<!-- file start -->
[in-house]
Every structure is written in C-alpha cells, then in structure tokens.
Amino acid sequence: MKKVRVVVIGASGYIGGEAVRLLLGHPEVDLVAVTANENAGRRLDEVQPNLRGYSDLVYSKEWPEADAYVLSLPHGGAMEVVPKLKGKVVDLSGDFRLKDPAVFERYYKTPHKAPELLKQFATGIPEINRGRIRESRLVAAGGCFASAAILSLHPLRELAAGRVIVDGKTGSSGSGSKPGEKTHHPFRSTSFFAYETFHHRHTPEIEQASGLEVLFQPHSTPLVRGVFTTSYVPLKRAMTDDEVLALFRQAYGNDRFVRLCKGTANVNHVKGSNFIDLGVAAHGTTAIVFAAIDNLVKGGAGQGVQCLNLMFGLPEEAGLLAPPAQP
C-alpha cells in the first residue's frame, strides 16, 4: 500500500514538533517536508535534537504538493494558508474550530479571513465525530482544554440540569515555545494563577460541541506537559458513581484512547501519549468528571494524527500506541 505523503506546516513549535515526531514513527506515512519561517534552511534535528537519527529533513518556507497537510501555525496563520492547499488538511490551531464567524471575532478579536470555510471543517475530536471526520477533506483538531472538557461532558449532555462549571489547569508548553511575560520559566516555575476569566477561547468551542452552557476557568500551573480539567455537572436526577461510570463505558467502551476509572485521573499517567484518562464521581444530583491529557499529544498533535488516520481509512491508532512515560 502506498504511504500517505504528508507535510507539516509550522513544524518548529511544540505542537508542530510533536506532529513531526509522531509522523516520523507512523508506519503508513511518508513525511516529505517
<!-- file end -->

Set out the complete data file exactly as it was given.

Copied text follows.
[in-house]
Every structure is written in C-alpha cells, then in structure tokens.
Amino acid sequence: MKKVRVVVIGASGYIGGEAVRLLLGHPEVDLVAVTANENAGRRLDEVQPNLRGYSDLVYSKEWPEADAYVLSLPHGGAMEVVPKLKGKVVDLSGDFRLKDPAVFERYYKTPHKAPELLKQFATGIPEINRGRIRESRLVAAGGCFASAAILSLHPLRELAAGRVIVDGKTGSSGSGSKPGEKTHHPFRSTSFFAYETFHHRHTPEIEQASGLEVLFQPHSTPLVRGVFTTSYVPLKRAMTDDEVLALFRQAYGNDRFVRLCKGTANVNHVKGSNFIDLGVAAHGTTAIVFAAIDNLVKGGAGQGVQCLNLMFGLPEEAGLLAPPAQP
C-alpha cells in the first residue's frame, strides 16, 4: 500500500514538533517536508535534537504538493494558508474550530479571513465525530482544554440540569515555545494563577460541541506537559458513581484512547501519549468528571494524527500506541 505523503506546516513549535515526531514513527506515512519561517534552511534535528537519527529533513518556507497537510501555525496563520492547499488538511490551531464567524471575532478579536470555510471543517475530536471526520477533506483538531472538557461532558449532555462549571489547569508548553511575560520559566516555575476569566477561547468551542452552557476557568500551573480539567455537572436526577461510570463505558467502551476509572485521573499517567484518562464521581444530583491529557499529544498533535488516520481509512491508532512515560 502506498504511504500517505504528508507535510507539516509550522513544524518548529511544540505542537508542530510533536506532529513531526509522531509522523516520523507512523508506519503508513511518508513525511516529505517